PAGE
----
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Home :: Archive :: 2007 :: October ::
Problem Shrews
The Shakespeare Conference: SHK 18.0713  Sunday, 21 October 2007

[Editor's Note: I appreciate the flood of responses I received from my 
query about staging _Shrew_ in the twenty-first century. I do not have 
the time to comment on all of them; however, I will take advantage of 
the privileged position and occasionally make comments within the 
messages themselves. HMC]

[1] 	From:	David Evett <
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	Date:	Thursday, 18 Oct 2007 12:07:26 -0400
	Subj:	Re: SHK 18.0705 Problem Shrews

[2] 	From:	Bob Rosen <
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	Date:	Thursday, 18 Oct 2007 12:10:14 EDT
	Subj:	Re: SHK 18.0705 Problem Shrews

[3] 	From:	Julia Griffin <
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	Date:	Thursday, 18 Oct 2007 12:21:34 -0400
	Subj:	Re: SHK 18.0705 Problem Shrews

[4] 	From:	Dale Lyles <
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	Date:	Thursday, 18 Oct 2007 13:03:03 -0400
	Subj:	Re: SHK 18.0705 Problem Shrews

[5] 	From:	Larry Weiss <
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	Date:	Thursday, 18 Oct 2007 13:03:30 -0400
	Subj:	Re: SHK 18.0705 Problem Shrews

[6] 	From:	Sam Small <
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	Date:	Thursday, 18 Oct 2007 18:39:23 +0100
	Subj:	Re: SHK 18.0705 Problem Shrews

[7] 	From:	Suzanne Rosenthal Shumway <
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	Date:	Thursday, 18 Oct 2007 14:02:06 -0400
	Subj:	RE: SHK 18.0705 Problem Shrews

[8] 	From:	Carol Barton <
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	Date:	Thursday, 18 Oct 2007 14:07:34 -0400
	Subj:	Re: SHK 18.0705 Problem Shrews

[9] 	From:	Thomas Hunter <
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	Date:	Thursday, 18 Oct 2007 14:27:09 EDT
	Subj:	Re: SHK 18.0705 Problem Shrews

[10] 	From:	David Richman <
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	Date:	Thursday, 18 Oct 2007 16:02:24 -0500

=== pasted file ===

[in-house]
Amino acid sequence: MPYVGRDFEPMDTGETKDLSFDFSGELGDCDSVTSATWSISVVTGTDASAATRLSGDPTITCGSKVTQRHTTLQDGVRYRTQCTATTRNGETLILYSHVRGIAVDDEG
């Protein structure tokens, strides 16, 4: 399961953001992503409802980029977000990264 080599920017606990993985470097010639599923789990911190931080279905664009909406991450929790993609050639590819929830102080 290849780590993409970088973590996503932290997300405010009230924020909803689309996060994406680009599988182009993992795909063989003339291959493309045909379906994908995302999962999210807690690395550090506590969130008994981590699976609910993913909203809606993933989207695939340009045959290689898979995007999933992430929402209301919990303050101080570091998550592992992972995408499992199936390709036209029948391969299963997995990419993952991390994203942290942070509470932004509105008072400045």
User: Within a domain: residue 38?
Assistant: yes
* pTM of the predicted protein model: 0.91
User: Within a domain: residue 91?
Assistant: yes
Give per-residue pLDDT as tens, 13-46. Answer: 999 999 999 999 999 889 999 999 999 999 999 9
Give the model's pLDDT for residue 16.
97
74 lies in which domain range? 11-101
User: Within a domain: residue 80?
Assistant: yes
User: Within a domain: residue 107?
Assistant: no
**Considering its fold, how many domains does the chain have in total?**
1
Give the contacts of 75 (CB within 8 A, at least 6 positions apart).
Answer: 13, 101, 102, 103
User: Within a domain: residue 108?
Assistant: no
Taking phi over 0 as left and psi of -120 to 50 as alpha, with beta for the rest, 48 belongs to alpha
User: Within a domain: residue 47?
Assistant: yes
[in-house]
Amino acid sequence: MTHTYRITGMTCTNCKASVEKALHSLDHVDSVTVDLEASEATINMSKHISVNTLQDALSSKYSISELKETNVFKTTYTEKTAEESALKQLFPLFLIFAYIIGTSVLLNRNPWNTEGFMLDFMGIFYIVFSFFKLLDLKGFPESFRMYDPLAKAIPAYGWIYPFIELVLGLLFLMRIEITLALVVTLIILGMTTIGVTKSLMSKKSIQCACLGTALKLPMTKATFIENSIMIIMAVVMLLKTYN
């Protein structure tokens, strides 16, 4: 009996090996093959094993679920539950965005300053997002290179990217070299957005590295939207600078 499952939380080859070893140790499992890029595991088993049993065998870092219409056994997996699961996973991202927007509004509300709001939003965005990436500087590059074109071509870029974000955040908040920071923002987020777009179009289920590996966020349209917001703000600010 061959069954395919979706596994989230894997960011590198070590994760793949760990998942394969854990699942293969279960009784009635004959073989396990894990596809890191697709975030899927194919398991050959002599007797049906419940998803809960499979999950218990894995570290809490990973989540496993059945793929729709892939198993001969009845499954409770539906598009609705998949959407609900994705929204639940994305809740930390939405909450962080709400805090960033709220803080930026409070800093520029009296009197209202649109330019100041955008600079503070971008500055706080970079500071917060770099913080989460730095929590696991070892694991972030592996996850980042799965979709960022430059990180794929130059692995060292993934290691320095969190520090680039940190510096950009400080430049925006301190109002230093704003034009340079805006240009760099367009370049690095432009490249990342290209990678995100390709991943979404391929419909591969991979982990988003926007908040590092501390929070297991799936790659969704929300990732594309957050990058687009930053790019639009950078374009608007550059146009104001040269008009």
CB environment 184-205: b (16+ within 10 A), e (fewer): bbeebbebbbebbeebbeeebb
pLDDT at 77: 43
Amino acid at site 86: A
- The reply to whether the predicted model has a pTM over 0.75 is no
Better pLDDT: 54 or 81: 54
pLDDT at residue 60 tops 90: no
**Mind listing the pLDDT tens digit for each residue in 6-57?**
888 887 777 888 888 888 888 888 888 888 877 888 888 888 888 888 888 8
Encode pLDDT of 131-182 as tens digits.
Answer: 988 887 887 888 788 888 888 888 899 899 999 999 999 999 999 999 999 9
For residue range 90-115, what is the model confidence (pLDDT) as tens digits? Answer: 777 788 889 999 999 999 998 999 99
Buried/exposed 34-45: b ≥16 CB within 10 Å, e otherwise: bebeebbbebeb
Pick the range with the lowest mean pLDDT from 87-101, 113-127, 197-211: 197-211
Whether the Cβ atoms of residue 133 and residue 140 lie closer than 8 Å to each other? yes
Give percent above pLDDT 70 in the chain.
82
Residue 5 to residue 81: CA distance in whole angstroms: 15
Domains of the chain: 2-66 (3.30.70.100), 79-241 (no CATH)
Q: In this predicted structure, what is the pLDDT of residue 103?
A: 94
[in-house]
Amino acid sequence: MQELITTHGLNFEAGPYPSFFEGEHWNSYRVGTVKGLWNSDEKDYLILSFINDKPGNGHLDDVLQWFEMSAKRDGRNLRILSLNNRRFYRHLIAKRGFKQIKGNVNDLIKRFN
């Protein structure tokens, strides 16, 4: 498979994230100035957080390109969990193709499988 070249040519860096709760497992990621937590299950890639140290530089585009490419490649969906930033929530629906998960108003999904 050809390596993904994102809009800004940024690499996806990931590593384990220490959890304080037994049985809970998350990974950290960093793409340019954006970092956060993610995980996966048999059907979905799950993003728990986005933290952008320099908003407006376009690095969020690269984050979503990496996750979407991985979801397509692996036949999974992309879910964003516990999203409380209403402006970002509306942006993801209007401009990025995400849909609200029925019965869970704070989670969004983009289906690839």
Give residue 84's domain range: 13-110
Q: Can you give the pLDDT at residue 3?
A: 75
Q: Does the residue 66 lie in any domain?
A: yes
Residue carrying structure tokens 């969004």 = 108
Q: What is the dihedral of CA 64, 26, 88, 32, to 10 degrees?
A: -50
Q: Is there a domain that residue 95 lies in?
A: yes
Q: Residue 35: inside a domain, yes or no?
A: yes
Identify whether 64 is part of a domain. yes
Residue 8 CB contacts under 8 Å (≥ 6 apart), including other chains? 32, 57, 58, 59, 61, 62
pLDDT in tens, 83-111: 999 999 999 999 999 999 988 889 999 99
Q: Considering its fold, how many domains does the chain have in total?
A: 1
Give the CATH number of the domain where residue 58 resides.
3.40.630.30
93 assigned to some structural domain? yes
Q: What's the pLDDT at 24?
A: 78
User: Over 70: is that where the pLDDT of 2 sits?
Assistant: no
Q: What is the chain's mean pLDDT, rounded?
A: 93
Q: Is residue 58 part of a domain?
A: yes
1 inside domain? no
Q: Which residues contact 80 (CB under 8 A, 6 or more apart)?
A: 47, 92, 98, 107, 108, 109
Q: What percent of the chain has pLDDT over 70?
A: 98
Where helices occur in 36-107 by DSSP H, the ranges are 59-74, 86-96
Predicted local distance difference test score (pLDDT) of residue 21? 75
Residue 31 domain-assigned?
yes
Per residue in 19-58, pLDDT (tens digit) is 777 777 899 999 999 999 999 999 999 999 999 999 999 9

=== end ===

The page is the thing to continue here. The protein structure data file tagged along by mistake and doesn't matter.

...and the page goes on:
Subj:	Re: SHK 18.0705 Problem Shrews

[11] 	From:	Jinny Webber <
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	Date:	Thursday, 18 Oct 2007 17:16:39 EDT
	Subj:	Re: SHK 18.0705 Problem Shrews

[12] 	From:	Lynn Brenner <
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	Date:	Friday, 19 Oct 2007 10:55:54 EDT
	Subj:	Re: SHK 18.0706 Problem Shrews


[1]-----------------------------------------------------------------
From:		David Evett <
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Date:		Thursday, 18 Oct 2007 12:07:26 -0400
Subject: 18.0705 Problem Shrews
Comment:	Re: SHK 18.0705 Problem Shrews

I think I've made this point before, but the BBC/Time-Life production of 
the play, directed by Jonathan Miller, with John Cleese as a thoughtful, 
rather introspective Petruchio and Susan Penhaligon as a sturdy 
Katherine no longer in her flush of youth manages about as well as any I 
have seen to minimize the abusive elements. An important element here is 
the visual design, full of echoes of the kind of domestic serenity we 
find in Vermeer. Well worth a look-see.

David Evett

[Editor's Note: I too enjoyed this production, which I have, however, 
not seen again since I read Emily Detmer's essay. What struck me the 
most was the conception of the play in terms of the Puritan ideal of the 
companionate relationship, i.e., that men and women can actually be 
friends and treat each other as equals. Revolutionary idea that.]

[2]-----------------------------------------------------------------
From:		Bob Rosen <
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Date:		Thursday, 18 Oct 2007 12:10:14 EDT
Subject: 18.0705 Problem Shrews
Comment:	Re: SHK 18.0705 Problem Shrews

It seems to me that Kate will rule her family and its macho menace in